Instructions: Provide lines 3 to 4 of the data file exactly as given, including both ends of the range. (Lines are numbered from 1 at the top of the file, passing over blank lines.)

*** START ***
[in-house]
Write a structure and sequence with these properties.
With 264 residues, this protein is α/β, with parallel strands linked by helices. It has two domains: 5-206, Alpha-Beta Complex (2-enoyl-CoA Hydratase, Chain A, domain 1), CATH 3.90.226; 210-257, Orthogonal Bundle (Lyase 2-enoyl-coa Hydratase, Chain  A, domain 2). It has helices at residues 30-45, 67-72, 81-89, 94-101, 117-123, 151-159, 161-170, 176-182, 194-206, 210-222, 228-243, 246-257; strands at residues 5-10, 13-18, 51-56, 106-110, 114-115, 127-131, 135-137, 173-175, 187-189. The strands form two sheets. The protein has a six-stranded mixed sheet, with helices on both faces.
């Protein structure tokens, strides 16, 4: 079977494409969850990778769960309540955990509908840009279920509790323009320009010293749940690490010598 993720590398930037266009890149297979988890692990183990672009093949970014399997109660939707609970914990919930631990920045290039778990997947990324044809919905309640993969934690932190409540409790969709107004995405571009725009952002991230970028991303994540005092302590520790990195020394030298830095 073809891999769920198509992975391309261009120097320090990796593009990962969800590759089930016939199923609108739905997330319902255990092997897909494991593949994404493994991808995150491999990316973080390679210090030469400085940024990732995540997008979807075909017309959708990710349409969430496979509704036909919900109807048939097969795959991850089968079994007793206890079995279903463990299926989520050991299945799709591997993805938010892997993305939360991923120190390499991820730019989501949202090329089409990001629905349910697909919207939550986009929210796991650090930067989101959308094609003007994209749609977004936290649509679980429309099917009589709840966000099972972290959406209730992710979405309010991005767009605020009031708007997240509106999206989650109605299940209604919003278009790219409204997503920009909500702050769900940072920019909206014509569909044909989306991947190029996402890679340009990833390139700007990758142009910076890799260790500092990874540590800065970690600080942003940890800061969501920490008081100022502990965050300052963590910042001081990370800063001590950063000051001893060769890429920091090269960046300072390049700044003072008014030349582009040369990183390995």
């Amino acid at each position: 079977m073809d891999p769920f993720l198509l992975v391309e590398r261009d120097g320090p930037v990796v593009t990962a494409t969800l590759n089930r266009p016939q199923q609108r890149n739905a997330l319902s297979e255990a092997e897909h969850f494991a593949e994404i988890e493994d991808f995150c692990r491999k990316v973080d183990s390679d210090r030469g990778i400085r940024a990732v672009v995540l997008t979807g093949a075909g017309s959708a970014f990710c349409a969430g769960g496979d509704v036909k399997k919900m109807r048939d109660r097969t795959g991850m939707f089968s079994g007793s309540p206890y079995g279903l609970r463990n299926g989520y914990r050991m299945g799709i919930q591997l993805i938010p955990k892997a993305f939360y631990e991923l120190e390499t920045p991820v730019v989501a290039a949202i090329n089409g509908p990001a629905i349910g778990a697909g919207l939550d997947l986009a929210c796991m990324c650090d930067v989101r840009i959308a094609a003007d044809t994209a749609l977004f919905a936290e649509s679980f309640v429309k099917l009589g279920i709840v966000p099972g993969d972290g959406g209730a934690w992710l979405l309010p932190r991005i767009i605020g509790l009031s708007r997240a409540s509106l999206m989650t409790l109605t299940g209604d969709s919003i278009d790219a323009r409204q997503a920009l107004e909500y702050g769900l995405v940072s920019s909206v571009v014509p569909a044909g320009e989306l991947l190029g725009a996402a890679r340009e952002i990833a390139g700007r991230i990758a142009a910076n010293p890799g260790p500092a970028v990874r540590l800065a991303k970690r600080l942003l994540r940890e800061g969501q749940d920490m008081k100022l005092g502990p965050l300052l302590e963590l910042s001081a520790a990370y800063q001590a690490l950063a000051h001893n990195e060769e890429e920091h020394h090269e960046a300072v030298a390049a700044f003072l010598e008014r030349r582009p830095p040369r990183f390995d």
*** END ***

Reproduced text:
With 264 residues, this protein is α/β, with parallel strands linked by helices. It has two domains: 5-206, Alpha-Beta Complex (2-enoyl-CoA Hydratase, Chain A, domain 1), CATH 3.90.226; 210-257, Orthogonal Bundle (Lyase 2-enoyl-coa Hydratase, Chain  A, domain 2). It has helices at residues 30-45, 67-72, 81-89, 94-101, 117-123, 151-159, 161-170, 176-182, 194-206, 210-222, 228-243, 246-257; strands at residues 5-10, 13-18, 51-56, 106-110, 114-115, 127-131, 135-137, 173-175, 187-189. The strands form two sheets. The protein has a six-stranded mixed sheet, with helices on both faces.
């Protein structure tokens, strides 16, 4: 079977494409969850990778769960309540955990509908840009279920509790323009320009010293749940690490010598 993720590398930037266009890149297979988890692990183990672009093949970014399997109660939707609970914990919930631990920045290039778990997947990324044809919905309640993969934690932190409540409790969709107004995405571009725009952002991230970028991303994540005092302590520790990195020394030298830095 073809891999769920198509992975391309261009120097320090990796593009990962969800590759089930016939199923609108739905997330319902255990092997897909494991593949994404493994991808995150491999990316973080390679210090030469400085940024990732995540997008979807075909017309959708990710349409969430496979509704036909919900109807048939097969795959991850089968079994007793206890079995279903463990299926989520050991299945799709591997993805938010892997993305939360991923120190390499991820730019989501949202090329089409990001629905349910697909919207939550986009929210796991650090930067989101959308094609003007994209749609977004936290649509679980429309099917009589709840966000099972972290959406209730992710979405309010991005767009605020009031708007997240509106999206989650109605299940209604919003278009790219409204997503920009909500702050769900940072920019909206014509569909044909989306991947190029996402890679340009990833390139700007990758142009910076890799260790500092990874540590800065970690600080942003940890800061969501920490008081100022502990965050300052963590910042001081990370800063001590950063000051001893060769890429920091090269960046300072390049700044003072008014030349582009040369990183390995």